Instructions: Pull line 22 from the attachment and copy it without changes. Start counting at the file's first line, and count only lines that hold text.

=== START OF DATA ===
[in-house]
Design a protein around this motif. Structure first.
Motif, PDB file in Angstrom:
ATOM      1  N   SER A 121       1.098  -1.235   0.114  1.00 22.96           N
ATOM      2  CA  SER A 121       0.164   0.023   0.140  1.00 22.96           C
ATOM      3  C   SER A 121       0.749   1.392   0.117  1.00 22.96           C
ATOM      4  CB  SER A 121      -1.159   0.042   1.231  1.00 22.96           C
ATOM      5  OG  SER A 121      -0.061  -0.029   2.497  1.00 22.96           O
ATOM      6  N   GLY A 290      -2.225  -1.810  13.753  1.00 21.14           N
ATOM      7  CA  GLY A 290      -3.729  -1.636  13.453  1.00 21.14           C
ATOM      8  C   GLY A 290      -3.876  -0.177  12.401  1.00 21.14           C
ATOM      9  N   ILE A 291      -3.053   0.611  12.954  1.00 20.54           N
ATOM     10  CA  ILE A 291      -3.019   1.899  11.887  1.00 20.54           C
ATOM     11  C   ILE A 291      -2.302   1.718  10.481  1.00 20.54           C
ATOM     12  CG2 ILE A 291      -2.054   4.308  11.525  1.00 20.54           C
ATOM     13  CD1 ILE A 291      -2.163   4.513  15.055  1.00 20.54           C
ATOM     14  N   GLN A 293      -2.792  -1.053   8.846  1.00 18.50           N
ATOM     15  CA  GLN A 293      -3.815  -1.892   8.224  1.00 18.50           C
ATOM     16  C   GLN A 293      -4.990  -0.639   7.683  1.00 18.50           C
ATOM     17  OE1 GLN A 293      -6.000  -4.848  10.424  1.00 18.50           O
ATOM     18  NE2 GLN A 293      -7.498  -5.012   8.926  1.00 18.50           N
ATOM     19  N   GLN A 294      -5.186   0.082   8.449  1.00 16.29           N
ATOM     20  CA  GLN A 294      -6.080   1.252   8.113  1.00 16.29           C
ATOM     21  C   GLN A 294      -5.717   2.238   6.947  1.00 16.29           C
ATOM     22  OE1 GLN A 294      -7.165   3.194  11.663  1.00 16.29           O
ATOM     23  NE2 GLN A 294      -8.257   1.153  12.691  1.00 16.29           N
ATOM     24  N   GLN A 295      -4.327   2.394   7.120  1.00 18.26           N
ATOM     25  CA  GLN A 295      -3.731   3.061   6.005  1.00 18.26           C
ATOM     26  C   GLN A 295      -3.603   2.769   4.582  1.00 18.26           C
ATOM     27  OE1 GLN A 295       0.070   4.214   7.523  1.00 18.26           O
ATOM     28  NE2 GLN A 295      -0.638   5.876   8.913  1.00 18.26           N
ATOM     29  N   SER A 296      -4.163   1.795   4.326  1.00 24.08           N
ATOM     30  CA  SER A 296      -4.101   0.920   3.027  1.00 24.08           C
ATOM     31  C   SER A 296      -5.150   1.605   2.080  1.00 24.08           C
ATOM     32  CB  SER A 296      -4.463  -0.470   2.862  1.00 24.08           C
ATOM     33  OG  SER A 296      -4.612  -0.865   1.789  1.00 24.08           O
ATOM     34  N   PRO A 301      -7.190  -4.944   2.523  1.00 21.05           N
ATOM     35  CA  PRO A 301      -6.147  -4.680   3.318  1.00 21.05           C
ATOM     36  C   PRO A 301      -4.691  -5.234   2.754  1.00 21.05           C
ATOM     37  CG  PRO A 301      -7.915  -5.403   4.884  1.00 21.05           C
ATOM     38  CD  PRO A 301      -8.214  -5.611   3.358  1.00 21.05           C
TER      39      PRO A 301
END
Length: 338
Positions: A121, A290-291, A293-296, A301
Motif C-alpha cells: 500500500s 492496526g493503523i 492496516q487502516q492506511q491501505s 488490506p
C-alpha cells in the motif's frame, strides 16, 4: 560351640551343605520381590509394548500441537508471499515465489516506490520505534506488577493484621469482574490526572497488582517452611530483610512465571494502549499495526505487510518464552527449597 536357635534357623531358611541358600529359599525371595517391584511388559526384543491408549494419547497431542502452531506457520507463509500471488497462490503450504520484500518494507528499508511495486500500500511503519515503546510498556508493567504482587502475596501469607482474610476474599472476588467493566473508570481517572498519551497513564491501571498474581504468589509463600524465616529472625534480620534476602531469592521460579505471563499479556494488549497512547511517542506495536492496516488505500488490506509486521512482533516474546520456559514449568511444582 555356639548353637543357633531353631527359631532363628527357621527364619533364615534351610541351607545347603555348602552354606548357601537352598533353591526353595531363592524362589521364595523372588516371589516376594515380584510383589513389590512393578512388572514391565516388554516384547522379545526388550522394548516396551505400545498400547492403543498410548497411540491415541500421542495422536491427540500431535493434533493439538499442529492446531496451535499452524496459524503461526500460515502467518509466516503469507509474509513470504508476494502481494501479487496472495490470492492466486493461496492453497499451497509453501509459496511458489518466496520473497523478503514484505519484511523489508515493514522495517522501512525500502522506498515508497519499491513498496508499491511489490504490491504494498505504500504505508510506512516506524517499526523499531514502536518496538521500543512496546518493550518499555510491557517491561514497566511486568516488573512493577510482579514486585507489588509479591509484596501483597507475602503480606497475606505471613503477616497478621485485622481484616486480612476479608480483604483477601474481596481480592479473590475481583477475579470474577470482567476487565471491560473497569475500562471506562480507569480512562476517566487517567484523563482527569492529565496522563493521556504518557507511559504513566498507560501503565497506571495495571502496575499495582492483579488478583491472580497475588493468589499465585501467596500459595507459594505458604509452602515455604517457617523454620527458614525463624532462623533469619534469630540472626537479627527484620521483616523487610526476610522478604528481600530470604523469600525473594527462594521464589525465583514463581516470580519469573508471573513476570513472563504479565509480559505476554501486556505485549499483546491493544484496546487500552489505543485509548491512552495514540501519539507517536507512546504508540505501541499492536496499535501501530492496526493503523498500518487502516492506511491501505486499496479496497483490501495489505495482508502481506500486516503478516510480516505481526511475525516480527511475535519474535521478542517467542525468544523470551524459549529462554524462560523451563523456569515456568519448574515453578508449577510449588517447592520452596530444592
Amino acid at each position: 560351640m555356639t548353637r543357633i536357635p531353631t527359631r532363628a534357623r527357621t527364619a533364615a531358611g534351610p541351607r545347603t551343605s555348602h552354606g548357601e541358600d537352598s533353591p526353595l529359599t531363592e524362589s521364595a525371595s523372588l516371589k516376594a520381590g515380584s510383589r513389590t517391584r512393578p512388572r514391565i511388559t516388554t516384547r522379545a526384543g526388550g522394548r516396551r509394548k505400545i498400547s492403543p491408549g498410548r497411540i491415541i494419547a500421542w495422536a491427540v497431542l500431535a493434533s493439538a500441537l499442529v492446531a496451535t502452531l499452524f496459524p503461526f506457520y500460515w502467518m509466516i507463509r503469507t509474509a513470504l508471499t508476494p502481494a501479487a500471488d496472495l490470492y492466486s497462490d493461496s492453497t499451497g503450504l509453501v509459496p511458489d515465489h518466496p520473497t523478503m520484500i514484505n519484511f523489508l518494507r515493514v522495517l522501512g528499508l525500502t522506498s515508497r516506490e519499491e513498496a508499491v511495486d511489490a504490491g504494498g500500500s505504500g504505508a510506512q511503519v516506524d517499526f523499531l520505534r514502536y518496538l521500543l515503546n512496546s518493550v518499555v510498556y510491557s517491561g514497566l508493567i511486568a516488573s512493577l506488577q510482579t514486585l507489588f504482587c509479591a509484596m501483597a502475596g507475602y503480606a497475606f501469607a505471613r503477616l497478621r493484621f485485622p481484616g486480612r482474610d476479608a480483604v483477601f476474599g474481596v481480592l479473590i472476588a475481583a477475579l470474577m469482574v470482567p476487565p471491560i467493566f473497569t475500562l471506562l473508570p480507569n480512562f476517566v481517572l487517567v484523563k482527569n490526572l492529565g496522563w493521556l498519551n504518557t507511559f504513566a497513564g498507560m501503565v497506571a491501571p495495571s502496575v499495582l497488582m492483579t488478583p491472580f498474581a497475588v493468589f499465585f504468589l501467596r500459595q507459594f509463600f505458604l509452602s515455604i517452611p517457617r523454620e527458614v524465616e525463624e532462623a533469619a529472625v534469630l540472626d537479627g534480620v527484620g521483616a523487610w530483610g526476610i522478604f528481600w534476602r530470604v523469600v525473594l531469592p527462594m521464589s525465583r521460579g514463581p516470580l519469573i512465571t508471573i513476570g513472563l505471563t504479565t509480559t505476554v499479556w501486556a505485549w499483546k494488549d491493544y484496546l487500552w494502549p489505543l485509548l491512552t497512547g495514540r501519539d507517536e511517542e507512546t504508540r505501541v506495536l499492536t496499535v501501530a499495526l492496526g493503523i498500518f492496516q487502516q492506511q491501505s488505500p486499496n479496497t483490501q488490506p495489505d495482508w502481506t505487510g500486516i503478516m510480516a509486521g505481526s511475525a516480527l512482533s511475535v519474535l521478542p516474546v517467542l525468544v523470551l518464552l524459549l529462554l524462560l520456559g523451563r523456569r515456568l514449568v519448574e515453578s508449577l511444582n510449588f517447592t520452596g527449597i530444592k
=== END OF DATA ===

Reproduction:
ATOM     19  N   GLN A 294      -5.186   0.082   8.449  1.00 16.29           N